And what you'll see on average around the stage two companies is that they have a good sense of visibility and accountability and pipeline progression at the team level. So they have established a sales process. They've defined what that process looks like. They have stage gates that allow. Movement between those.
So there's, you know, at least a definition and a progression there. The company also has a solid grasp of overall conversion at the company level. So the ops team is able to take the pipeline, the funnel and be able to say, okay, based on stage, I understand when rates, I understand velocity and what that progression might look like.
And from that, that gives these companies the ability to gauge the team's accuracy and consistency within the quarter. And then compare subjective calls against historical performance. So there's at least two vectors that you're, you're, you're managing to, in order to be able to work. This is also where tools such as conversational AI, uh, provides some real value because they provide insights to the deal, uh, activity and what's going on relative risk associated, and again, are helping to highlight areas of attention.
[00:22:00] That these companies need in order to help mitigate risk in the pipeline. So shifting to stage four, stage four companies tend to be more global based. They've got multiple levels, they've got overlays, product teams, uh, and a number of folks that are reporting into that organization. Um, so much different, uh, need here.
Their goal really is to triangulate, um, across the organization. What they're looking for is ensuring accountability across the board by getting inputs across the sales hierarchy. And then looking for disagreements and opinion from those folks to identify areas of risk and further inspection. Um, in addition, the stage 4 companies absolutely, as Matt had mentioned, have a system for collaborative deal reviews.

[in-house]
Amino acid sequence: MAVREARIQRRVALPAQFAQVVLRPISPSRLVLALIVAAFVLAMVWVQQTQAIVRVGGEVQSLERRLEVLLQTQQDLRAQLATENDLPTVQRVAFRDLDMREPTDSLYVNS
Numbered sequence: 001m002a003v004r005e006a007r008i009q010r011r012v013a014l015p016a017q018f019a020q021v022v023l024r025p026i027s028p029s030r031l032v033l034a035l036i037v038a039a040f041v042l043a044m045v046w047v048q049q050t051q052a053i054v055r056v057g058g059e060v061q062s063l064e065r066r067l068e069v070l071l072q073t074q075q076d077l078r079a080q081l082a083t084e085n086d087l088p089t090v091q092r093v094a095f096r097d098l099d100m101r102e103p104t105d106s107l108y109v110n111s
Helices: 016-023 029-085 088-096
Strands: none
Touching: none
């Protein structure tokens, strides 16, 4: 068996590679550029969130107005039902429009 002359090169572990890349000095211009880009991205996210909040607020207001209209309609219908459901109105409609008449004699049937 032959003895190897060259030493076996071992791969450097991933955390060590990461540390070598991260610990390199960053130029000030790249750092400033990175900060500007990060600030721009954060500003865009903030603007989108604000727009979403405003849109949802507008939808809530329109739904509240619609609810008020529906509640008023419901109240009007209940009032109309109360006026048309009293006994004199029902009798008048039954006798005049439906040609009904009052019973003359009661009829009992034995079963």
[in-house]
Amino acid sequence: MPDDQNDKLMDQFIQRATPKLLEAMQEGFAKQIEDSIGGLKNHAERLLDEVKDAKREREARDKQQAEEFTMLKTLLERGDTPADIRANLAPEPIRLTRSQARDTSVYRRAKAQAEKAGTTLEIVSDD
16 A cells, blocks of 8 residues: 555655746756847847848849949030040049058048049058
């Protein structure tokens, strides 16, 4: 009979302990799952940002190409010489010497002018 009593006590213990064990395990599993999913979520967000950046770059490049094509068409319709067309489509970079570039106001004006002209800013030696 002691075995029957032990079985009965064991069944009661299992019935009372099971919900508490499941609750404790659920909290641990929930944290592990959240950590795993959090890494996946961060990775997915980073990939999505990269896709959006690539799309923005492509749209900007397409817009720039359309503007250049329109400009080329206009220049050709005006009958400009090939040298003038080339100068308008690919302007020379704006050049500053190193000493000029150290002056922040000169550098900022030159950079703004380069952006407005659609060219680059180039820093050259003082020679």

They have a cadence for meeting and a, uh, a system of going through those inspections that again are helping identify risk. And then as they're collaborating together on submitting forecasts, the goal there is to minimize judgment errors between the lines. And [00:23:00] then in terms of tooling, for example, this is where predictive AI tools are really pivotal because They allow companies to compare the current performance with historical data and the close rates and again, identifying and surfacing risk, which is really what the organization is looking to achieve in stage for any other commentary or questions on this, Matt, Ben or or any of our participants, the attendees.
Pretty straightforward. So what we thought would be helpful is to talk to a practical example. Um, as Ben, uh, and you to me, we're 1 of the 1st customers. We, uh, I guess we presented this framework to and and worked with him on. Uh, I wanted to get Ben's take on on that transition in that journey again. Not not to tell the story of boost up necessarily, but really to tell the story of.
what it looks like to go from stage two to stage for the process and sort of that journey, the [00:24:00] difficulties sometimes accompany that. So I probably overdid it with slides here. I'm thinking alive now that maybe I went too deep, but I'm just gonna expose everything and then let you been kind of talk through it.
Whether we hit on these points or not, you know, I'll let you, you know, dictate how we go through it. But I wanted, I thought it was helpful to visualize, um, you know, this transition for a, for a specific customer. So do you want to start wherever you want to start on on how this journey began and where it's where it's landed?
Yeah, sure. Um, yeah, there, there is a lot there. Um, you know, I'll fly through some of it and happy to kind of. Sit and poke at anything that that is an interesting to anyone in the chat or on the panel for sure. But I mean, our journey is a lot like what Jeff just described, you know, about 4 years ago, we had dedicated ops and sales management doing some good calls, you know, overriding a forecasts, mostly in a spreadsheet.[00:25:00]
We just primarily focused on quarterly forecasts. We had a routine process. I say routine, meaning it wasn't mandated. It wasn't a solid process that, you know, Monday, Wednesday, you know, Thursday, Friday kind of cadence, you know, we had clear stages and forecast categories that are pretty common. And I would say, you know, industry best practices.
Um, we understood exit criteria understood, meaning, you know, in our DNA, we kind of knew what an exit criteria consisted of, but we didn't really have system driven or, you know, rules built into our CRM driving exit criteria. So we had that solid sales process in place. Um, we had reached, I would say, a product market fit and kind of transitioned into our growth phase at that point.